Vanstone: Silence speaks volumes about mishandled Marino mess

Garrett Marino’s decision not to speak publicly is another misstep during a forgettable week for himself and Saskatchewan Roughriders.

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Evidently, Garrett Marino only keeps his mouth shut when he should be talking.

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The Saskatchewan Roughriders’ controversial defensive tackle — who has been suspended for four games by the CFL for a reckless and injurious hit, an oblivious and prolonged celebration, and what he now acknowledges was “an insensitive and culturally stereotypical remark” — made it clear Wednesday that he will not be commenting “again” on the maelstrom he has manufactured.

Again?! He barely commented in the first place.

Any words that are attributed to Marino are contained in a carefully crafted, canned statement that was issued on his behalf by the team.

The Roughriders released the statement but not the player. In sticking by Marino so intractably, they are subjecting the reputation of a proud, community-owned, widely beloved organization to further risk and ridicule.

Wise individuals within the Roughriders’ domain had advised Marino to speak publicly, face the media, answer all questions and, at long last, apply a punctuation mark to a story that has devoured the better part of a wearisome week.

And what option did he choose? This …

“I have received my discipline from the CFL regarding the game we played on Friday, July 8th, 2022,” began a prepared statement that was attributed to Marino, whose low hit has sidelined quarterback Jeremiah Masoli for 10 to 12 weeks. “I will not be appealing the suspensions given to me by the CFL and I have spoken to the Players’ Association who will not be appealing on my behalf.

“I want to apologize for my actions that day, as I understand that they have no place in the game of football. I also apologize to Jeremiah Masoli of the Ottawa Redblacks, as I did not intend to injure him. I have tried over the past few days to connect with him directly and will continue to do so.

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“Regarding the comments I made during the game, I regret that I said them, as I now understand their consequences. This was not my intent when speaking on the field, nor is it ever my intent in my day-to-day life.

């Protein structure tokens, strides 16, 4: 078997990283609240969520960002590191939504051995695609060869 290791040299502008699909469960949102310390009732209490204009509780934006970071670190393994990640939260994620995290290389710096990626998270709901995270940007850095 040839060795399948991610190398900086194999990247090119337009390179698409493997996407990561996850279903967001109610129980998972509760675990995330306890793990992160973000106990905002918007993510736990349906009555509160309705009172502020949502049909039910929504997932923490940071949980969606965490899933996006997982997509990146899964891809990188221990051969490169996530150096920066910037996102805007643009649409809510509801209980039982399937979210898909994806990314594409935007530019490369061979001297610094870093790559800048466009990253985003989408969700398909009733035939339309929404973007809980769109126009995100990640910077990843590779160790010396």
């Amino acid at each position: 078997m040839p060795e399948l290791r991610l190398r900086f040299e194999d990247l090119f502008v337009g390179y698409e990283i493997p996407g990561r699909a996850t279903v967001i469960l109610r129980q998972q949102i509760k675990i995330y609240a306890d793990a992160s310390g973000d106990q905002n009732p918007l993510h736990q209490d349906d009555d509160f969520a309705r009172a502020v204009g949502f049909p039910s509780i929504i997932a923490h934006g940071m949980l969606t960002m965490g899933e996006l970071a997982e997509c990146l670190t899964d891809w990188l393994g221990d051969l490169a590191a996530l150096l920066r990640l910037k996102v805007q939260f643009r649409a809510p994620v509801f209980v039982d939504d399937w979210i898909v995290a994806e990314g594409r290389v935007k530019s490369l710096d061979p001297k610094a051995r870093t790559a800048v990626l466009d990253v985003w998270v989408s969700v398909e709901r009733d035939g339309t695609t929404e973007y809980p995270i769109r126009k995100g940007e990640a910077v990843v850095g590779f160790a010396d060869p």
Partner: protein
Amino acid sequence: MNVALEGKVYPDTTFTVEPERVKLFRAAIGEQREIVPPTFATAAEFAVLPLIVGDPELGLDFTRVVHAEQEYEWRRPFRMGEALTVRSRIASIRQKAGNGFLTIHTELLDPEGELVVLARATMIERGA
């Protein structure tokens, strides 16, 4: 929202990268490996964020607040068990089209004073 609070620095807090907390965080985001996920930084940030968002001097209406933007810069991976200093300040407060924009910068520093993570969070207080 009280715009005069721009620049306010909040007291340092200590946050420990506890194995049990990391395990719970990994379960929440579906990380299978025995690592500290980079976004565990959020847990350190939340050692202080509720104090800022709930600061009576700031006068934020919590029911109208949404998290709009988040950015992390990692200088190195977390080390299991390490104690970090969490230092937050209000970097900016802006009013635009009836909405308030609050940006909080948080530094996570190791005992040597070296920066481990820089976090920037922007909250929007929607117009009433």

“I know I play the game with an edge, and during the game I made an insensitive and culturally stereotypical remark. I now understand this was hurtful to my peers and I hope I can be forgiven for that misunderstanding.

“I take pride in being a good teammate and a valued member of the Saskatchewan Roughriders Football Club. I did not intend for my comments or actions to be hurtful, and I take solace in my teammates, knowing that I stand with all of them, regardless of race, ethnicity, or sexual orientation.

“I will not be commenting on this matter again but will be working to better myself as I serve this discipline and prepare to rejoin my teammates on the field.”

Reminder: One tenet of the Roughriders’ code of conduct is “openness and accountability.”

Without either openness or accountability being fully embraced, the Roughriders’ organization has been dragged through the mud — deservedly, to some extent — at a time when the team boasts a 4-1 record and is preparing to face the Toronto Argonauts on Saturday in Wolfville, N.S.

Considering the extent to which the organization’s reputation has been tarnished, the onus should have been on president-CEO Craig Reynolds to speak up for and protect the brand.

The Roughriders, as a whole, took far too long to visibly apologize to Masoli. A statement (surprise, surprise) was released Wednesday, when head coach Craig Dickenson also met the media and was typically forthcoming and, yes, accountable. Somebody had to do it.

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Reynolds, Dickenson and general manager and vice-president of football operations Jeremy O’Day all reached out to the Redblacks’ brass during the week, asking that best wishes be conveyed to Masoli.

But where was the prompt public apology?

Marino-gate blew up even before Friday’s game had concluded. Even so, there was nary a word on the matter to be found on the team’s Twitter account, which has nearly 230,000 followers.

The Roughriders are typically more of a leader than a follower, but they fumbled the ball at various stages, as the team’s image took a beating from coast to coast to coast.

Compare the slow, unsatisfactory response to the Marino mess with the proactive and urgent manner in which the Roughriders got in front of a bad-news story late last season, when defensive back/linebacker Loucheiz Purifoy was involved in a disturbance at a Regina restaurant.

Out of the blue, the team scheduled a morning media availability at Mosaic Stadium. Dickenson and Purifoy sat before reporters and answered every question. This was done so effectively, so decisively, that the matter was a virtual non-story by day’s end.

The entire time, Purifoy looked like he would rather be anywhere else in the world. Who could blame him? Yet, he dealt with the issue head-on, and it wasn’t an issue much longer.

Marino opted for a different approach, but it didn’t do anyone any good. The Roughriders flew to Nova Scotia on Wednesday afternoon without the Marino matter being entirely contained.

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At what should be a festive time for the Roughriders and the CFL, team and league officials can expect to be asked about a firestorm that has been fuelled, in part, by the player’s reticence.

Nonetheless, the organization is standing behind Marino.

Mind you, that is much less dangerous than standing in front of him. Just ask Jeremiah Masoli.

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